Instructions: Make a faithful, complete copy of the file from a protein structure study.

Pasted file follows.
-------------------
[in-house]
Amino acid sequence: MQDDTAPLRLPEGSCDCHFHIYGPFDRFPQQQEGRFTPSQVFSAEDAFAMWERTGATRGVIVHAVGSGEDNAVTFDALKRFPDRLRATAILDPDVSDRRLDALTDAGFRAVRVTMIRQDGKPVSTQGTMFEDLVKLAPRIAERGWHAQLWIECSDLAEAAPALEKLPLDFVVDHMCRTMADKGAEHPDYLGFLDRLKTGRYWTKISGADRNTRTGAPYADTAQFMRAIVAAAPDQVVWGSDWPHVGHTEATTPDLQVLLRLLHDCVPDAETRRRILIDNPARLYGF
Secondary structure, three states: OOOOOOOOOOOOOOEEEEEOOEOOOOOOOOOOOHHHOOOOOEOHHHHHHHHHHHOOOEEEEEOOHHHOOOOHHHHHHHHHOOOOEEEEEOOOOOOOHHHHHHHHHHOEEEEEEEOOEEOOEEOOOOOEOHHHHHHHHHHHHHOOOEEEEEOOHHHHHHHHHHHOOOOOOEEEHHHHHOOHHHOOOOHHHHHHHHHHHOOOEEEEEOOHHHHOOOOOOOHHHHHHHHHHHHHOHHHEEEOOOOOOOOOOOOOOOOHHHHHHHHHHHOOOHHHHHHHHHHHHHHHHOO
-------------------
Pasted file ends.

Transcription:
[in-house]
Amino acid sequence: MQDDTAPLRLPEGSCDCHFHIYGPFDRFPQQQEGRFTPSQVFSAEDAFAMWERTGATRGVIVHAVGSGEDNAVTFDALKRFPDRLRATAILDPDVSDRRLDALTDAGFRAVRVTMIRQDGKPVSTQGTMFEDLVKLAPRIAERGWHAQLWIECSDLAEAAPALEKLPLDFVVDHMCRTMADKGAEHPDYLGFLDRLKTGRYWTKISGADRNTRTGAPYADTAQFMRAIVAAAPDQVVWGSDWPHVGHTEATTPDLQVLLRLLHDCVPDAETRRRILIDNPARLYGF
Secondary structure, three states: OOOOOOOOOOOOOOEEEEEOOEOOOOOOOOOOOHHHOOOOOEOHHHHHHHHHHHOOOEEEEEOOHHHOOOOHHHHHHHHHOOOOEEEEEOOOOOOOHHHHHHHHHHOEEEEEEEOOEEOOEEOOOOOEOHHHHHHHHHHHHHOOOEEEEEOOHHHHHHHHHHHOOOOOOEEEHHHHHOOHHHOOOOHHHHHHHHHHHOOOEEEEEOOHHHHOOOOOOOHHHHHHHHHHHHHOHHHEEEOOOOOOOOOOOOOOOOHHHHHHHHHHHOOOHHHHHHHHHHHHHHHHOO